Taiwan New Constitution Foundation founder Koo Kwang-ming (辜寬敏) is to resign as presidential adviser, dissatisfied with President Tsai Ing-wen’s reluctance to draft a new constitution, despite being in power for five years.
Koo said that the majority of Taiwanese support the normalization of the nation, and that drafting a new constitution would be an important step, compared to simply amending the Constitution, which is only good for winning elections.
Koo said that the Democratic Progressive Party (DPP) had done nothing toward the normalization of Taiwan; for this reason he felt obliged to resign.
One suspects that many Taiwanese share Koo’s frustration. For more than 50 years, Taiwan has been a sovereign, independent and free country, with its own defined territory, population, laws, currency and taxation, economic and financial systems under the state’s jurisdiction. If that does not constitute a country, what does?
The Republic of China (ROC) Constitution was written in China, when the Chinese Nationalist Party (KMT) governed that country, and is a historical relic unable to escape from China’s shadow. To draft a constitution that solely belongs to Taiwan is not only reasonable and fair, it is perfectly legal.
If drafting a new constitution presents problems and the government feels that it can only amend the existing one, it should explain why, and then lay out a roadmap for writing a new one.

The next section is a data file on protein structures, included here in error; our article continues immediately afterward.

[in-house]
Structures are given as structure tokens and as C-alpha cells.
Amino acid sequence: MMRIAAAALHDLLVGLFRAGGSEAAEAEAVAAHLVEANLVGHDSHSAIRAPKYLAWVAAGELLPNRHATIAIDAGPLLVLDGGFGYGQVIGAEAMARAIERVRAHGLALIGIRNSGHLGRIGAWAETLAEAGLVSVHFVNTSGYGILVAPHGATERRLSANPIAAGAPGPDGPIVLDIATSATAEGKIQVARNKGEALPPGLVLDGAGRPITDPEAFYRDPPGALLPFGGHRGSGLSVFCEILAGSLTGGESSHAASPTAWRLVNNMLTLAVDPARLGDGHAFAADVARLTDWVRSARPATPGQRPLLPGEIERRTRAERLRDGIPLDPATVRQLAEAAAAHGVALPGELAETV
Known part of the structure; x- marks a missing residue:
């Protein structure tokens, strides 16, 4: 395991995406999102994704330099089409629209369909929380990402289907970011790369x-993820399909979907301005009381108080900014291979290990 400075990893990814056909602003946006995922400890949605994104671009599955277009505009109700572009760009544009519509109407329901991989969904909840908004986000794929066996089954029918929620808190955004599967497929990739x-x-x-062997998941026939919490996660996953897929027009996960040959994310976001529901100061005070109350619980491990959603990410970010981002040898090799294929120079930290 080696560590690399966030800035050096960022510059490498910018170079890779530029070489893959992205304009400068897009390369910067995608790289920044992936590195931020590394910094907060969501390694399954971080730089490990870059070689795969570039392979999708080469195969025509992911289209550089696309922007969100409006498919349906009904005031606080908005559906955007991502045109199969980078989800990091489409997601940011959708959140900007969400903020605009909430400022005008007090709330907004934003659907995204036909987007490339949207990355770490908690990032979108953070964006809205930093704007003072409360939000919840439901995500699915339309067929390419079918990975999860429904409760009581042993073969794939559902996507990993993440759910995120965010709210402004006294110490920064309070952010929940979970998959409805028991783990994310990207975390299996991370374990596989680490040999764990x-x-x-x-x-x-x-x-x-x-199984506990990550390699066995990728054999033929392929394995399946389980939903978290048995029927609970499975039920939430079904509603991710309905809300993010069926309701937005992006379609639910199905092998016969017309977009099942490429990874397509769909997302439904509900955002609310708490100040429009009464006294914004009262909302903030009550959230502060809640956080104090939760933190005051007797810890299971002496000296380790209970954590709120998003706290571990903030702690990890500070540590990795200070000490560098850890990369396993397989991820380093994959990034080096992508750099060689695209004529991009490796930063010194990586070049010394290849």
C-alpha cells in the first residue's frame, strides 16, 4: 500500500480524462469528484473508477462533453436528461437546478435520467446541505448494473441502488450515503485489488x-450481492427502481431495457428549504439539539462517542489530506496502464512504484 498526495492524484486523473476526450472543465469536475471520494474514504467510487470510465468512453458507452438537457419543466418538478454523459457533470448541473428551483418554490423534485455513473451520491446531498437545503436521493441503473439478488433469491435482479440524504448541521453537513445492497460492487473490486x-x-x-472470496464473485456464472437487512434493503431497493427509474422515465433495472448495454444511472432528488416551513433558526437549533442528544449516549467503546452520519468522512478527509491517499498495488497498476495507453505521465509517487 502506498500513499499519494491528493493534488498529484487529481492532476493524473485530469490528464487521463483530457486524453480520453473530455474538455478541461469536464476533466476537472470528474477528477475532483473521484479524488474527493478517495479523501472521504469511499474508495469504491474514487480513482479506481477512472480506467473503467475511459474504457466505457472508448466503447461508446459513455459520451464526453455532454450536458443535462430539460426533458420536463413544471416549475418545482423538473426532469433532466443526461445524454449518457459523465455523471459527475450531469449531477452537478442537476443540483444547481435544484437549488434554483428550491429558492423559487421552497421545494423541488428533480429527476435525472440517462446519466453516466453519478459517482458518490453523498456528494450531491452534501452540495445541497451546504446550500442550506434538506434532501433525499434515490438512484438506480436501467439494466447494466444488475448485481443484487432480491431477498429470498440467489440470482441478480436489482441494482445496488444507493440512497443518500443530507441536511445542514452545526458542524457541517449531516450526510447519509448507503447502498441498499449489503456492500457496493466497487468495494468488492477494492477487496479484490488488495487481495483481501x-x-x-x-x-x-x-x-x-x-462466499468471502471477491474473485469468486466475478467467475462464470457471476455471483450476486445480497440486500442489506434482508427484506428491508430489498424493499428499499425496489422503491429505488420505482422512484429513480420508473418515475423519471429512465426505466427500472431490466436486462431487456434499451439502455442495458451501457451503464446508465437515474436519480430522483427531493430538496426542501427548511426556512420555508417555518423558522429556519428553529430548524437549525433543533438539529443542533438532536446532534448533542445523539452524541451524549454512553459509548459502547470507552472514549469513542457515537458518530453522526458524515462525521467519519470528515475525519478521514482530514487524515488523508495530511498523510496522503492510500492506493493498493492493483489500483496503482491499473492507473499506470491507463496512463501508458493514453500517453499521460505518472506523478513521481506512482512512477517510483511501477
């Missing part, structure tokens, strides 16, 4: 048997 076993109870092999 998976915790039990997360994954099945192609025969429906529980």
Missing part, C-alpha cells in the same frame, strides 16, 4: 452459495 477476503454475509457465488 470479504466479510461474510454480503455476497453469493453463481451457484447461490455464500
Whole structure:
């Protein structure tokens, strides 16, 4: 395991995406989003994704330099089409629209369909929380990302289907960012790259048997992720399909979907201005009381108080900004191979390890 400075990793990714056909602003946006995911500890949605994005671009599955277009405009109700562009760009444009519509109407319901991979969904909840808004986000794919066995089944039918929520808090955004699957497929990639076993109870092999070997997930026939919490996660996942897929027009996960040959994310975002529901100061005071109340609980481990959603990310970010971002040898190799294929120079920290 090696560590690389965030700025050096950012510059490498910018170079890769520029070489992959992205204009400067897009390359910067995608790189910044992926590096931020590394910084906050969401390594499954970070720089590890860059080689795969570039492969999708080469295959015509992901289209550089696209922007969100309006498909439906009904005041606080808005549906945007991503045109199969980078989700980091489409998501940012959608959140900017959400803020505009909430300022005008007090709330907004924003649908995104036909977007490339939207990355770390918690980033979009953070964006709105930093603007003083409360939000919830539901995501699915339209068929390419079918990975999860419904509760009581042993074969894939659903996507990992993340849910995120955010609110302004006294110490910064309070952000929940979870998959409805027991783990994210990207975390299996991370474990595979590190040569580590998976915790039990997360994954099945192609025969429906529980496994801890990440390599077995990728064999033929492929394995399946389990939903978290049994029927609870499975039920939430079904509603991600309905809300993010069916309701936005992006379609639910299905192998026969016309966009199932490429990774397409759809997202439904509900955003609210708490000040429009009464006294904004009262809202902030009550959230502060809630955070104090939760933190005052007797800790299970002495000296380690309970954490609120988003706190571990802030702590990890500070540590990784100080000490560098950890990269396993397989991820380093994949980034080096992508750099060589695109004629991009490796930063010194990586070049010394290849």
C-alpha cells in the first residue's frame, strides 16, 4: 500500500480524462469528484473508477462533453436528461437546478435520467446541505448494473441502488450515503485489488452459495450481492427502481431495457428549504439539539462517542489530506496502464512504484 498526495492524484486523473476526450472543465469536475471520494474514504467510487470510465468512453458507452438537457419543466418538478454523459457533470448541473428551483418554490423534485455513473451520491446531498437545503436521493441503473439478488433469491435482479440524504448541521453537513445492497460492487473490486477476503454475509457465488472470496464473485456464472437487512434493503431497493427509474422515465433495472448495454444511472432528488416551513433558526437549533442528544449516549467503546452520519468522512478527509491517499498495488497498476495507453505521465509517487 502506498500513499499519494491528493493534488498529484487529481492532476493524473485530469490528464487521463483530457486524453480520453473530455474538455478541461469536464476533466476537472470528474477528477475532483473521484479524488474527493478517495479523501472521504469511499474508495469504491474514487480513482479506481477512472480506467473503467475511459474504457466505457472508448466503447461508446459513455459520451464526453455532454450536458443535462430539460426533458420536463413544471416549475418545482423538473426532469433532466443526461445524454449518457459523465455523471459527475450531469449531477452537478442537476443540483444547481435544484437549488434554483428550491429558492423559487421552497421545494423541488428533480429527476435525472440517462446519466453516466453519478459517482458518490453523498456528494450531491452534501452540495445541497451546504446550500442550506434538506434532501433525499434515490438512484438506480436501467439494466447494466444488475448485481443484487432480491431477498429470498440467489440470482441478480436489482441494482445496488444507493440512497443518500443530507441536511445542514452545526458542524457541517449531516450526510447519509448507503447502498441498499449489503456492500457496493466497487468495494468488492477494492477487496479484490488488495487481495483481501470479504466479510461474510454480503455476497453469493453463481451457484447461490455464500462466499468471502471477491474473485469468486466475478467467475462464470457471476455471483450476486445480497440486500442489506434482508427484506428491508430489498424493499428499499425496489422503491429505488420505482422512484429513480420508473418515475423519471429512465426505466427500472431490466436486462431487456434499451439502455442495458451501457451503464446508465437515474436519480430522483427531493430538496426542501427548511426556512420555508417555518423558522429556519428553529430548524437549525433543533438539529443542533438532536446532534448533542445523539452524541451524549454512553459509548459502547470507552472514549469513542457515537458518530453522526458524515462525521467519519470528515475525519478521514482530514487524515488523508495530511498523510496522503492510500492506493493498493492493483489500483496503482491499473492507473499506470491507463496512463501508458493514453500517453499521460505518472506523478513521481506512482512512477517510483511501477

Last week, Microsoft cofounder Bill Gates and his wife, Melinda Gates, said in a statement that they have decided to end their marriage. The news immediately caused a global sensation. When my daughter heard that I was going to write a newspaper op-ed to comment on the matter, she made sure to remind me not to focus on the divorce agreement or the handling of the world’s richest couple’s wealth. Instead of talking about how much money Melinda Gates would get from the divorce, my daughter wanted me to focus on the many sacrifices she has made, and on her many
Taiwan has finally become an ongoing public issue in Canada, due in part to its success in keeping out COVID-19, and the Chinese Communist Party’s successful efforts to offend just about everyone in Canada. Following the lead of right-wing US politicians, Canadian conservative pundits and Canadian Shadow Minister of Foreign Affairs Michael Chong (莊文浩) of the Conservative Party, politicians are urging Canada to “recognize Taiwan.” There is a small problem here for Canada, which has a different history of relations with Taiwan than the US. For Canada to “recognize” Taiwan as things stand would be to re-recognize the Republic of China
Given China’s regional might, it is little surprise that the nation casts a long shadow across Asia — including in its media coverage. However, we are now seeing a disturbing trend of Western media casting a favorable light on China, right as it stands accused of suppressing democracy in Hong Kong, interning Uighurs and obscuring investigations into the origins of COVID-19. At the same time, important coverage of Asian democracies, such as Taiwan’s 20-place leap in the Democracy Index last year — in the midst of a pandemic that brought major constrictions of democratic rights in many places — gets
Would the US be prepared to risk a catastrophic war with the People’s Republic of China (PRC) to protect the Republic of China, better known as Taiwan? US President Joe Biden laid out his vision clearly last month. He sees the rivalry between the PRC and the US as a global conflict between democracy and autocracy, and Taiwan is unquestionably one of Asia’s most successful democracies. In 1954, then-US president Dwight D. Eisenhower threatened to use nuclear weapons after China shelled a rocky islet near Taiwan’s coast, when the country was still a military dictatorship. Things were different then. The US